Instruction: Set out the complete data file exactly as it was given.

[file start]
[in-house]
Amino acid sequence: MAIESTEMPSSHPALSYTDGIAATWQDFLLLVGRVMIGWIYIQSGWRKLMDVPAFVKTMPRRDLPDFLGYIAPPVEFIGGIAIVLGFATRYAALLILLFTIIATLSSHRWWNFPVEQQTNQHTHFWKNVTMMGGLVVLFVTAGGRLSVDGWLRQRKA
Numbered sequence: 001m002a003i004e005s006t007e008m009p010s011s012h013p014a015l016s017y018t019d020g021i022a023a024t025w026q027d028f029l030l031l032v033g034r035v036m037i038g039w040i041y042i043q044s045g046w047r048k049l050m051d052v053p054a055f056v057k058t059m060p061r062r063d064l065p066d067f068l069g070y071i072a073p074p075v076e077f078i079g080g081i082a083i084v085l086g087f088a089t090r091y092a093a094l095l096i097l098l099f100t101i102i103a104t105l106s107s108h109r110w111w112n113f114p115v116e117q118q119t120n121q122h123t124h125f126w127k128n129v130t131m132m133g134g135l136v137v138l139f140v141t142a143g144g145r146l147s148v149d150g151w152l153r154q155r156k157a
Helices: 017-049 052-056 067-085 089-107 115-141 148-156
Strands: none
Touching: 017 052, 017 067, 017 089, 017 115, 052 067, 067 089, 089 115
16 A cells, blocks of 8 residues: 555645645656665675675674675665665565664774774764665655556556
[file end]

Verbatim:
[in-house]
Amino acid sequence: MAIESTEMPSSHPALSYTDGIAATWQDFLLLVGRVMIGWIYIQSGWRKLMDVPAFVKTMPRRDLPDFLGYIAPPVEFIGGIAIVLGFATRYAALLILLFTIIATLSSHRWWNFPVEQQTNQHTHFWKNVTMMGGLVVLFVTAGGRLSVDGWLRQRKA
Numbered sequence: 001m002a003i004e005s006t007e008m009p010s011s012h013p014a015l016s017y018t019d020g021i022a023a024t025w026q027d028f029l030l031l032v033g034r035v036m037i038g039w040i041y042i043q044s045g046w047r048k049l050m051d052v053p054a055f056v057k058t059m060p061r062r063d064l065p066d067f068l069g070y071i072a073p074p075v076e077f078i079g080g081i082a083i084v085l086g087f088a089t090r091y092a093a094l095l096i097l098l099f100t101i102i103a104t105l106s107s108h109r110w111w112n113f114p115v116e117q118q119t120n121q122h123t124h125f126w127k128n129v130t131m132m133g134g135l136v137v138l139f140v141t142a143g144g145r146l147s148v149d150g151w152l153r154q155r156k157a
Helices: 017-049 052-056 067-085 089-107 115-141 148-156
Strands: none
Touching: 017 052, 017 067, 017 089, 017 115, 052 067, 067 089, 089 115
16 A cells, blocks of 8 residues: 555645645656665675675674675665665565664774774764665655556556